Traincations 101: Dos and Don’ts of Visiting a New Studio

Photo: Aerial Dance Chicago

The weather is getting warmer and Covid finally seems to be settling down (knock on wood!), so as we start dreaming about summer vacations and weekend getaways, you may also be thinking about how to keep your aerial training going while away from Monarca. So, over the next few newsletters, we’ll do a “Traincations 101” series! The portmanteau “traincation” usually refers to vacations taken specifically for aerial training, but a lot of this information will apply even if you’re just dropping into a new studio for some airtime during a family vacation or business trip.

First up, we’ll cover some Dos and Don’ts when you visit any new studio, whether it’s for one class, a week, or even a month or more. Our local coaches are great, but it’s always exciting when you get to check out a new area and learn new things from new coaches – maybe you’ll even get to train with someone whose Instagram posts you’ve admired! Here are some tips to help you get the best experience possible:

DO research your destination and local studios beforehand! Some studios only use “session” formats and don’t allow drop-ins, and most studios have prerequisites. DON’T be afraid to give them a call or send them a DM to ask any questions you have and find out what your options are (if you can’t get into a group class, do you want to take a private? Or maybe you’re getting ready for a showcase and just need some open studio time), and DO have some videos ready to show them so they can assess your skill level! You might even be able to reach out to specific instructors if you have questions about a particular class, so DO plan ahead as much as you can – don’t expect them to be able to schedule a private lesson for you on 2 days’ notice. Two personal stories:

  • I once reached out to Suze Curry (the #dropqueen) about a class which I thought might be too advanced for me – I was only in town for a few days and that was the only class I could make, and I REALLY wanted to train with her. She told me she would normally put me in a lower class, but then told me to come anyway because she wasn’t teaching anything too crazy! It was a win/win (although I think I won a little more than she did) – Suze was able to plan ahead for having me in class, and I got to learn an AMAZING stacked drop that we could never do at Monarca (due to height)!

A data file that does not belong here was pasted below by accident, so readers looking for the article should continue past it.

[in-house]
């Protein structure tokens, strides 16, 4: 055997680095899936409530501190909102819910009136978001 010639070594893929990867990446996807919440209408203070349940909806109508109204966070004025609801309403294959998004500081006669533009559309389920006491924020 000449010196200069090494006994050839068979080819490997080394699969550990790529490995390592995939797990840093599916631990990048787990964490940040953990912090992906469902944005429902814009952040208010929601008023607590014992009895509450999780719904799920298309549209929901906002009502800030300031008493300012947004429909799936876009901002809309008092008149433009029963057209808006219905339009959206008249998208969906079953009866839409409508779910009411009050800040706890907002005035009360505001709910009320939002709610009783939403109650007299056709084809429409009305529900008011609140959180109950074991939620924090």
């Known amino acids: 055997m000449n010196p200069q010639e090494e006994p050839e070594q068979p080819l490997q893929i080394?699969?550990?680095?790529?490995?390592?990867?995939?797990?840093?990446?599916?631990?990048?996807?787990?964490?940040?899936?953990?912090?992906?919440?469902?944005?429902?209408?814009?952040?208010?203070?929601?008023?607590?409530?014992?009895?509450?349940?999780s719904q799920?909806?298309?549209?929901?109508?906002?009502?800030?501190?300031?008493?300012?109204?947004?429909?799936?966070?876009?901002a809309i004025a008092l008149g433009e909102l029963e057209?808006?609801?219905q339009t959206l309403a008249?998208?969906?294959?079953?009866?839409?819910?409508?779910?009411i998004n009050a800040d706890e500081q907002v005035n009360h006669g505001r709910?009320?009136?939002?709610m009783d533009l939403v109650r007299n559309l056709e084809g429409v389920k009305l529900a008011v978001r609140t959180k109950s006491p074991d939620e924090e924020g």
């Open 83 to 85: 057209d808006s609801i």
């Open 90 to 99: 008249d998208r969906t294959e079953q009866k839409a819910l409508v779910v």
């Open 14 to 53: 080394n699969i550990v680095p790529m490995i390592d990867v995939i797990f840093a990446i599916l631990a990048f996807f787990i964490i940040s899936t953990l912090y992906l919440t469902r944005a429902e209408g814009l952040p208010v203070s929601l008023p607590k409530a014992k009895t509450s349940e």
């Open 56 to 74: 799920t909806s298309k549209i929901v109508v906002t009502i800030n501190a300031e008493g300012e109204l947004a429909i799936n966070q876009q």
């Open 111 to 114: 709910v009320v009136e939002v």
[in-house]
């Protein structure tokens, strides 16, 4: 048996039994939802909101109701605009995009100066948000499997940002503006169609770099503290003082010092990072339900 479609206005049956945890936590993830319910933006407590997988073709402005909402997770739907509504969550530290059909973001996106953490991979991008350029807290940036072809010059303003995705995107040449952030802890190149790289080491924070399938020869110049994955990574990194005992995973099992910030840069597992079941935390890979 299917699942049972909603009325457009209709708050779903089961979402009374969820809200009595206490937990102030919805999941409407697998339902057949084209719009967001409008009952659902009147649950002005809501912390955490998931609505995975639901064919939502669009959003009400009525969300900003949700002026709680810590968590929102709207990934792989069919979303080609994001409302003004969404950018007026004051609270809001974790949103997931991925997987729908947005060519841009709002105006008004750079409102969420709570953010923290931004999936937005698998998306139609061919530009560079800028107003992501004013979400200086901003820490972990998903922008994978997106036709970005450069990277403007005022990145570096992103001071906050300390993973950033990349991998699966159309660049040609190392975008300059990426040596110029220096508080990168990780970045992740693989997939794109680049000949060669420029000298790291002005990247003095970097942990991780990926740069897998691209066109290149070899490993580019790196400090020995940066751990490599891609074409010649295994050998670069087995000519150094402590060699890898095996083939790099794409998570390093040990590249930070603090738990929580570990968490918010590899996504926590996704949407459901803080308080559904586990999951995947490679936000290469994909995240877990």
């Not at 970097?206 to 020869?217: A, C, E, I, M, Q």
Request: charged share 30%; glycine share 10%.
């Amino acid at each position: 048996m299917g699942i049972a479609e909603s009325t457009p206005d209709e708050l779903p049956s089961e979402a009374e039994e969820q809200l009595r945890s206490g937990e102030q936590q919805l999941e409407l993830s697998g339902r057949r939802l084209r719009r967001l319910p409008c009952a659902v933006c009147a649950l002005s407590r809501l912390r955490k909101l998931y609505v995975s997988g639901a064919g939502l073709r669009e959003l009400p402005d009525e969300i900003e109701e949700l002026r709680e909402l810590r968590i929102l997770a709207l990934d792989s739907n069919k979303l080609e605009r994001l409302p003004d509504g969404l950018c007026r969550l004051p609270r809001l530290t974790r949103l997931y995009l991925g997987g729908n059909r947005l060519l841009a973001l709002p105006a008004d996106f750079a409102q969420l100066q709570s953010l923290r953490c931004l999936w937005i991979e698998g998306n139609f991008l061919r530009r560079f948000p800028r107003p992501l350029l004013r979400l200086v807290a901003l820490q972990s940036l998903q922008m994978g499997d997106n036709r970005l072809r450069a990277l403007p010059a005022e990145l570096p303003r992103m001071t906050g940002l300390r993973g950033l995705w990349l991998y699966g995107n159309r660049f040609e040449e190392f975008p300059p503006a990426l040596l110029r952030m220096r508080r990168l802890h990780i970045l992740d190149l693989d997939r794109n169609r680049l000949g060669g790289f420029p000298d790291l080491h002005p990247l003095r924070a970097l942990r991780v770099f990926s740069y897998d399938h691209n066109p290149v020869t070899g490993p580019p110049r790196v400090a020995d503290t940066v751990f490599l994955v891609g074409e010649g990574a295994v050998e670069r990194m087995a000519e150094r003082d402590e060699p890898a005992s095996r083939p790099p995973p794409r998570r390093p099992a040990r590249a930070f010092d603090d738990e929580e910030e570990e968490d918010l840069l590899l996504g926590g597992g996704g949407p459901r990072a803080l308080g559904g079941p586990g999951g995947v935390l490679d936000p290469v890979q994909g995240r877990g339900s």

• When I was in Taiwan, I reached out to aerial studios to ask if they spoke English! I do speak some Chinese, and luckily, aerial skills are easy to learn visually, but it was helpful to know which language class would be taught in – and for them to know that I might not have much aerial vocabulary in Chinese. (Fun fact: in class, we would say jiayou to encourage each other. The literal translation is “add fuel,” as in stepping on the gas pedal, but basically it means “go for it” or “you can do it!”)

DO know some basic safety guidelines to look out for when you first walk in the door. It’s exciting to be somewhere new, but if their rigging looks sketchy or there’s not a mat to be seen, DON’T be afraid to ask questions about their safety measures – politely, of course! You don’t need to assume the worst – maybe their mats are just tucked away to create extra floor space for warming up. But any studio or coach worth their salt should welcome questions around safety and be able to answer them easily. And yes, every studio should provide a safe environment, but DO remember that your safety is always YOUR OWN responsibility. DON’T be afraid to leave if you feel unsafe even after you’ve talked to the staff and asked questions. A few things to keep in mind:

  • Rigging points are hard to eyeball, but if it looks like they’re rigging from TRX mounts or anything that looks like you could have installed it into your own ceiling at home in under 10 minutes, you should ask about it. Our rigging points at Monarca are engineered to support the weight of a small car, which is a good rule of thumb.
  • Crash mats (preferably at least 8” thick – the same thickness we use at Monarca) should be available and in active use, especially when working at height and/or inverting. Again, they might not be laying around 24/7, but if you’re taking an aerial class, they should come out when you get in the air.
  • Rescue plans aren’t always obvious, but take a look around: does it look like they would be able to get you down easily if you got stuck at height? Some obvious signs would be ladders or pulley systems. Again, just because it’s not obvious doesn’t mean they don’t have a [good] one – maybe their ladder is just in a closet. And maybe if you’re taking a flexibility class, you’re not too worried about their rescue plan – but they should still be able to tell you about it if you ask.